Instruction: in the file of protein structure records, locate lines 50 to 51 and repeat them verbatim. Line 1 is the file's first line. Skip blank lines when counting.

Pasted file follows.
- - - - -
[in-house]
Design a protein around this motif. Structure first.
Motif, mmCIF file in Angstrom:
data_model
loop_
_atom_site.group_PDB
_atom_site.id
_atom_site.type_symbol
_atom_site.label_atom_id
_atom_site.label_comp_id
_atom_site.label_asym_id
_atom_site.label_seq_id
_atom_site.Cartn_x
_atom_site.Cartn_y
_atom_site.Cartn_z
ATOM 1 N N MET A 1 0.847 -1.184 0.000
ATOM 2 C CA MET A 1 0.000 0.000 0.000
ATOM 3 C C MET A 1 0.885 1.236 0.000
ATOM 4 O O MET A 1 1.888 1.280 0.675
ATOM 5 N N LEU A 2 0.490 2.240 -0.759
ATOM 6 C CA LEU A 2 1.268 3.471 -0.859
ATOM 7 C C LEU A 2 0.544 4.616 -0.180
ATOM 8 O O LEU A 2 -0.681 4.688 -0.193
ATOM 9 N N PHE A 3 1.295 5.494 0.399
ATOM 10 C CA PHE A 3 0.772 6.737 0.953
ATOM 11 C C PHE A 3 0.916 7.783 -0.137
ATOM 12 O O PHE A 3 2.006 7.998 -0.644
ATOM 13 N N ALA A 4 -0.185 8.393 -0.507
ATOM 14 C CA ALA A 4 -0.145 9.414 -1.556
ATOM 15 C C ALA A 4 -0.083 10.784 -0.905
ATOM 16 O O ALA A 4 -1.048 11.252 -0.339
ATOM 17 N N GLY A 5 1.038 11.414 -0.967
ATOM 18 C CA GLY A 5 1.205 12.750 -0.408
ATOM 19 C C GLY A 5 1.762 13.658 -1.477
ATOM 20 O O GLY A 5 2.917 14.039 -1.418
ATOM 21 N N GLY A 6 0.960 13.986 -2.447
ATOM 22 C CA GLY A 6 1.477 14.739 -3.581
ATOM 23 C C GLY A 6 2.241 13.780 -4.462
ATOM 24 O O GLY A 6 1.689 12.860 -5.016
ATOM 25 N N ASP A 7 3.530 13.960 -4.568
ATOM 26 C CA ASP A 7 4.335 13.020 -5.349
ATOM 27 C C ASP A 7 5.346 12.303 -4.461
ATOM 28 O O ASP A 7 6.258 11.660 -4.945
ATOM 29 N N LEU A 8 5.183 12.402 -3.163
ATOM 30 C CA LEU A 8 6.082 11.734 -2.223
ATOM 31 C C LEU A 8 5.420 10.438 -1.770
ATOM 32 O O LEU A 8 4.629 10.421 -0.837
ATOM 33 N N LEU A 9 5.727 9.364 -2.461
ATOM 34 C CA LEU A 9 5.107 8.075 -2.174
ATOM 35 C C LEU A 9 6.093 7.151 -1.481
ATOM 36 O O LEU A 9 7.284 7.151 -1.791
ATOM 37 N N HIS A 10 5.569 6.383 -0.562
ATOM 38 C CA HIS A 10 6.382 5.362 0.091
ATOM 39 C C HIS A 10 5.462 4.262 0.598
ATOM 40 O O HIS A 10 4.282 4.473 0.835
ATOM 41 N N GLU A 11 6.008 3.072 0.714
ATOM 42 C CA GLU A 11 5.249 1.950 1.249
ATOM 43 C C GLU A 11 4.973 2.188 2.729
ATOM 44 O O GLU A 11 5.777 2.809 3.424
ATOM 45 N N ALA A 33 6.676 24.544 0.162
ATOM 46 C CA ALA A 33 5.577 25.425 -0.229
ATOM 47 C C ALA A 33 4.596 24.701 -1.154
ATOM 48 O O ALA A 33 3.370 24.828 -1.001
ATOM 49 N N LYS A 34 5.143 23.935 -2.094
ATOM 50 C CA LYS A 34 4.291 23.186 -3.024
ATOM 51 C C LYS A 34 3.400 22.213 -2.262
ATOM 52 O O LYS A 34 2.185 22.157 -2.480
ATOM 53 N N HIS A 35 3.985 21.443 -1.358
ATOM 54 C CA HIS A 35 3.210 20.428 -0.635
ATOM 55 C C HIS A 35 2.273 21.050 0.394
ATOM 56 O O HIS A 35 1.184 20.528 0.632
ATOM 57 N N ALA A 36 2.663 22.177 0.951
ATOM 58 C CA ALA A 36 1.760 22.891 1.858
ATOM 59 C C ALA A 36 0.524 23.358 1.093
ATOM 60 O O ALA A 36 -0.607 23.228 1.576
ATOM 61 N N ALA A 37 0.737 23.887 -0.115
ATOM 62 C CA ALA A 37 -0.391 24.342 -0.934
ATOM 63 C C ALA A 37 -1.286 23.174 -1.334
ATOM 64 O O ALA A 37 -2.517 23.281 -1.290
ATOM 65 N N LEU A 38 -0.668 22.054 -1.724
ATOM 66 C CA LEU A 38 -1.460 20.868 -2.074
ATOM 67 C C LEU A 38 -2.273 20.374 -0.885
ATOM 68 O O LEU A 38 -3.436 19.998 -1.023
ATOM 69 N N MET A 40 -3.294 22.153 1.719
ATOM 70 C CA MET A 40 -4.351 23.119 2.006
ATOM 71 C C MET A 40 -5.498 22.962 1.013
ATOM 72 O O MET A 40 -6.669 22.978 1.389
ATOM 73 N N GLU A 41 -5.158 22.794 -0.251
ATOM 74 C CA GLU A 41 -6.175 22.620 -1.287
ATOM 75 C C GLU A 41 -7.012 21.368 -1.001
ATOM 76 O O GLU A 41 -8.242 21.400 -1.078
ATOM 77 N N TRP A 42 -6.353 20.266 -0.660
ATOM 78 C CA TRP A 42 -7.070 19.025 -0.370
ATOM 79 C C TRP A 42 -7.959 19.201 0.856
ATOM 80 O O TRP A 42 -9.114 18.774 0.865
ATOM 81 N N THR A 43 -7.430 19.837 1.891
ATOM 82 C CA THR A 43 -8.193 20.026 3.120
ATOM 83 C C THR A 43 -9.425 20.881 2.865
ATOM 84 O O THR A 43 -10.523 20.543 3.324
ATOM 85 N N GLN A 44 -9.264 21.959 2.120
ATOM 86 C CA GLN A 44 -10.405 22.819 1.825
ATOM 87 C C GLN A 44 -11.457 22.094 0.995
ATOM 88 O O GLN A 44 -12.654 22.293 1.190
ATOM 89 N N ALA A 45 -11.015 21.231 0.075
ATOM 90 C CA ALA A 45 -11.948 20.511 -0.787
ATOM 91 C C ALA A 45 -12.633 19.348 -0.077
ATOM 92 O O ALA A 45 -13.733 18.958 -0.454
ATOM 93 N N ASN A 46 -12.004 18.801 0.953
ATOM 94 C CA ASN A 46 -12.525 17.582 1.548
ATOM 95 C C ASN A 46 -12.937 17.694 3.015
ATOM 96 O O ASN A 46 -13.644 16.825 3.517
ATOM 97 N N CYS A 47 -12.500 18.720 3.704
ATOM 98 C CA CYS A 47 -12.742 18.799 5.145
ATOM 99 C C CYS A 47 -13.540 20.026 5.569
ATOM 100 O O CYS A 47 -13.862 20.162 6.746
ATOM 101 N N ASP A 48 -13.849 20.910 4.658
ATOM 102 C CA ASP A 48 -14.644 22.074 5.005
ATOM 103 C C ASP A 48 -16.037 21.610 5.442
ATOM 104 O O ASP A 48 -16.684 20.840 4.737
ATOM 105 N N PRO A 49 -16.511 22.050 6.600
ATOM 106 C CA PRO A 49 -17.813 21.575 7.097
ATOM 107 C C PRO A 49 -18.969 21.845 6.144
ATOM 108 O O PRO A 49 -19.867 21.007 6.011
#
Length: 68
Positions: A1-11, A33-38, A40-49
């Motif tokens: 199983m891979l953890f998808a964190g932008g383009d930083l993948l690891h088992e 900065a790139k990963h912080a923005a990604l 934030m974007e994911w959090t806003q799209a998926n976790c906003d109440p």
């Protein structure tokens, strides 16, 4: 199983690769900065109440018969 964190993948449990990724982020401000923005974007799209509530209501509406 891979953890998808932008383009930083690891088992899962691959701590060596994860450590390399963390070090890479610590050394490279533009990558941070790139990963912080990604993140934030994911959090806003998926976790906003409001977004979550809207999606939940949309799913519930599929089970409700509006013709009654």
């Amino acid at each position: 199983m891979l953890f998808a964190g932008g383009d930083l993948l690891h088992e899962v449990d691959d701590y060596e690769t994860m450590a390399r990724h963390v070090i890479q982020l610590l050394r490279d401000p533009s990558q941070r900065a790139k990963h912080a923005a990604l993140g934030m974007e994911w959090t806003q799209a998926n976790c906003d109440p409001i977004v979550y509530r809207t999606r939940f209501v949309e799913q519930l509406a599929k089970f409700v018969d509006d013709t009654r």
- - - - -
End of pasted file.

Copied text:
ATOM 35 C C LEU A 9 6.093 7.151 -1.481
ATOM 36 O O LEU A 9 7.284 7.151 -1.791